When can I have a big server in the cloud?

I was at a conference recently talking with a Major Cloud Hosting Provider and mentioned that for database servers, I really want large instances, quite a bit larger than the largest I can get now. The lack of cloud servers with lots of memory, many fast cores, and fast I/O and network performance leads to premature sharding, which is costly. A large number of applications can currently run on a single real server, but would require sharding to run in any of the popular cloud providers’ environments.

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What's wrong with MMM?

I am not a fan of the MMM tool for managing MySQL replication. This is a topic of vigorous debate among different people, and even within Percona not everyone feels the same way, which is why I’m posting it here instead of on an official Percona blog. There is room for legitimate differences of opinion, and my opinion is just my opinion. Nonetheless, I think it’s important to share, because a lot of people think of MMM as a high availability tool, and that’s not a decision to take lightly.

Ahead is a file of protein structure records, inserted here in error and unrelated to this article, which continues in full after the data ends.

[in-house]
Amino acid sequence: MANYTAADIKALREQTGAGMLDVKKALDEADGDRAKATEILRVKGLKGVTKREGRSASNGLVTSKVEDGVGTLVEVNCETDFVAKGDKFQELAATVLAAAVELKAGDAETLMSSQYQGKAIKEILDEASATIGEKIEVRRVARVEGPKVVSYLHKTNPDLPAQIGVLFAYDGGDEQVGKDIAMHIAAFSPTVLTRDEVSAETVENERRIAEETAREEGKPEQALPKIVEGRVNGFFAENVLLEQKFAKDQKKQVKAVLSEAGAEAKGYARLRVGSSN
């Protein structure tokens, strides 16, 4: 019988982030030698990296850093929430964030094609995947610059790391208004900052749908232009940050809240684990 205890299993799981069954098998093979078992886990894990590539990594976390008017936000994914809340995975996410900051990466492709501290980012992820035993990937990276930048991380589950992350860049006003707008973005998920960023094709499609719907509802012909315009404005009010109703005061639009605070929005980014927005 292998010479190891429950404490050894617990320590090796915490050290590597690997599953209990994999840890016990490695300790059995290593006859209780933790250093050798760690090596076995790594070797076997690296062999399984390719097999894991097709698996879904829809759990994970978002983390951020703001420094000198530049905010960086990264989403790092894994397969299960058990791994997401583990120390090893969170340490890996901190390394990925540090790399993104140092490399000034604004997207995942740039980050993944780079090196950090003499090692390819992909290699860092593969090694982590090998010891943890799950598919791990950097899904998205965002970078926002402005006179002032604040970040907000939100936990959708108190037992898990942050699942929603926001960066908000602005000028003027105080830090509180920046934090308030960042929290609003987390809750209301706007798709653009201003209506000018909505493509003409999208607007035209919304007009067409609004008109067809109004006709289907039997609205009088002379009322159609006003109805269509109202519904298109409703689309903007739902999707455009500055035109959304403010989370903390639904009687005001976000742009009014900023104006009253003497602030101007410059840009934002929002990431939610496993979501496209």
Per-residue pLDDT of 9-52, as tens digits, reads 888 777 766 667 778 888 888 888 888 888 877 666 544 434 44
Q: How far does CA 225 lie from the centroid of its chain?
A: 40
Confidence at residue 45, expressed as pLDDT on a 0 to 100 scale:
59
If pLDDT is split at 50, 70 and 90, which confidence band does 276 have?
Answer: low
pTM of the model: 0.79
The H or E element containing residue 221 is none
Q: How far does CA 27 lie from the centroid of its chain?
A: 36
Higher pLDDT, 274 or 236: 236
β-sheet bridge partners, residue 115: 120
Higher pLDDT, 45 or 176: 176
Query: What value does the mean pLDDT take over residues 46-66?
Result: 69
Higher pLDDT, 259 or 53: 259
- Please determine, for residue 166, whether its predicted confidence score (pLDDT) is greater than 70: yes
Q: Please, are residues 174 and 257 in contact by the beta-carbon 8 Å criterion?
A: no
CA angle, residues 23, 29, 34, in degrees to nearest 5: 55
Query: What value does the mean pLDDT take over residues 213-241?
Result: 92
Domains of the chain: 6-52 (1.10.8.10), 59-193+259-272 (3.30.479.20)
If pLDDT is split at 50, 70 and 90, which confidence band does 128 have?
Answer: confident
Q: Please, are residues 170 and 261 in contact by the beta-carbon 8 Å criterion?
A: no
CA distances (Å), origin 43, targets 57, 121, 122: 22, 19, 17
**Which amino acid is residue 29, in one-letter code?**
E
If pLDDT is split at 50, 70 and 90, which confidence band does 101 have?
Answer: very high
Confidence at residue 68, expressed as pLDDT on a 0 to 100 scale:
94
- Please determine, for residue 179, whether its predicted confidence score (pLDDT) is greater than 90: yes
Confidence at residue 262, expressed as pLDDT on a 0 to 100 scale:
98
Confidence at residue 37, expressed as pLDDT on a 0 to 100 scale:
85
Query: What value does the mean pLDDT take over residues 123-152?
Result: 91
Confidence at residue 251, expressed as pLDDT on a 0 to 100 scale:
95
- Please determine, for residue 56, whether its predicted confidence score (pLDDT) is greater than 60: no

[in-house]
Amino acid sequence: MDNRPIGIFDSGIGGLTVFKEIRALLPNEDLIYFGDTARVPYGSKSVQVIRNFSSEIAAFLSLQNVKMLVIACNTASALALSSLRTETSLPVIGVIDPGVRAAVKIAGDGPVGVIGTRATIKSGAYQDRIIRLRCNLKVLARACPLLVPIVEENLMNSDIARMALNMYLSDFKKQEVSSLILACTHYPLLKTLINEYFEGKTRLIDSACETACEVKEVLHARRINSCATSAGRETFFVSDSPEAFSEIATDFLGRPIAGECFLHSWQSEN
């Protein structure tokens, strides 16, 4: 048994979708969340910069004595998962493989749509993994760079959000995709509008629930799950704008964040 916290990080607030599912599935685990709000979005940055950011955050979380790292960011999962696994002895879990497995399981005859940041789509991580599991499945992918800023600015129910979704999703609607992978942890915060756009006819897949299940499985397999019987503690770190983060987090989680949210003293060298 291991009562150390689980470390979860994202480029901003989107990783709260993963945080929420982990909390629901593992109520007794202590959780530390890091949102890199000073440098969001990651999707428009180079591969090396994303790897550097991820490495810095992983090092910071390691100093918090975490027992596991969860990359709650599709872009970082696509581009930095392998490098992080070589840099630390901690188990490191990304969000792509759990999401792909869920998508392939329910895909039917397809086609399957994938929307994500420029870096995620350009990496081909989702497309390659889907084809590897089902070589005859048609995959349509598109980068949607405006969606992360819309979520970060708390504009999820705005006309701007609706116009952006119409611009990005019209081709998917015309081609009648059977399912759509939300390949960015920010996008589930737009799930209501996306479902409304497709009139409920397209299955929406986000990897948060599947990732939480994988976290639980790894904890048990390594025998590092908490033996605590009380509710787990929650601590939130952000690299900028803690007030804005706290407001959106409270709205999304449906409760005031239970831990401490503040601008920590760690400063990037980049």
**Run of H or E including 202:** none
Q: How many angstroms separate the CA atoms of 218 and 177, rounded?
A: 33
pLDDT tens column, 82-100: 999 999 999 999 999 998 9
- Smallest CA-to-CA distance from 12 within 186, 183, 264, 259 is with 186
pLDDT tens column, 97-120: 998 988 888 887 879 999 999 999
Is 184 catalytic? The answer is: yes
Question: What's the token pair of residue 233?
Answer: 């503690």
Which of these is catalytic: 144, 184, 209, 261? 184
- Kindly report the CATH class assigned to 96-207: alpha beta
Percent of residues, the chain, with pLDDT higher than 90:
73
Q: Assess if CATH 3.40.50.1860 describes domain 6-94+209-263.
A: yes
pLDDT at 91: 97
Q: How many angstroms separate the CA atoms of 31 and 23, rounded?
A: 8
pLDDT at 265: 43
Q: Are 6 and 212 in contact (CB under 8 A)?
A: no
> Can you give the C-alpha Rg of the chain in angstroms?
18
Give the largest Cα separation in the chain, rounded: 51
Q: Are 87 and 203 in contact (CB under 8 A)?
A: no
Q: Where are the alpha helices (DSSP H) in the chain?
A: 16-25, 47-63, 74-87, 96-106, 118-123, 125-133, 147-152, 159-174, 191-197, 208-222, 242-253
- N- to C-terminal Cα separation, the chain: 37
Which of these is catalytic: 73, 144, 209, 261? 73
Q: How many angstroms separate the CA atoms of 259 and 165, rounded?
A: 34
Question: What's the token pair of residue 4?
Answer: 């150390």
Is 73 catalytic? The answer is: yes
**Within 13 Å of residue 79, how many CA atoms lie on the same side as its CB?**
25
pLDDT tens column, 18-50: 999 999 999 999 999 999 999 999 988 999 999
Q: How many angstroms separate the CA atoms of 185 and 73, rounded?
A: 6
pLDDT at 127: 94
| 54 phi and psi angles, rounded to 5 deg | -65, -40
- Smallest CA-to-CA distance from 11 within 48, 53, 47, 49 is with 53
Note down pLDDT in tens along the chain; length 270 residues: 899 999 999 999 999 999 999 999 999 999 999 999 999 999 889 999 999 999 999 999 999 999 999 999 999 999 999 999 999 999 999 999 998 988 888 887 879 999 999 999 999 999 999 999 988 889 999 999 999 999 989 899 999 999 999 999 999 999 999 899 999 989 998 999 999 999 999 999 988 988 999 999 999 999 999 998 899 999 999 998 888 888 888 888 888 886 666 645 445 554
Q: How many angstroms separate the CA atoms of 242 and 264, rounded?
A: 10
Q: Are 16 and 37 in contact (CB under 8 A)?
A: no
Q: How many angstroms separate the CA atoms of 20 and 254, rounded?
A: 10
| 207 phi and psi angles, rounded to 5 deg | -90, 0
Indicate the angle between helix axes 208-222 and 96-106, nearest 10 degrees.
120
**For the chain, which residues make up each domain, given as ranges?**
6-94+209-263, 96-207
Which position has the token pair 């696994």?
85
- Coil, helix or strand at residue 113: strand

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Why high-availability is hard with databases

A lot of systems are relatively easy to make HA (highly available). You just slap them into a well-known HA framework such as Linux-HA and you’re done. But databases are different, especially replicated databases, especially replicated MySQL. The reason has to do with some properties that hold for many systems, but not for most databases. Most systems that you want to make HA are relatively lightweight and interchangeable, with little to zero statefulness, easy to start, easy to stop, don’t care a lot about storage (or at least don’t write a lot of data; that’s usually delegated to the database), and there’s little or no harm done if you ruthlessly behead them.

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MySQL disaster recovery by promoting a slave

I was just talking to someone who backs up their MySQL servers once a day with mysqldump, and I said in a catastrophe, you’re going to have to reload from a backup; that’s some amount of downtime, plus up to a day of lost data. And they said “We can just promote a slave, we’ve done it before. It works fine.” Granted, in some/many cases, this is fine. There are all sorts of caveats – for example, you either know that your slave has the same data as the master or you don’t care.

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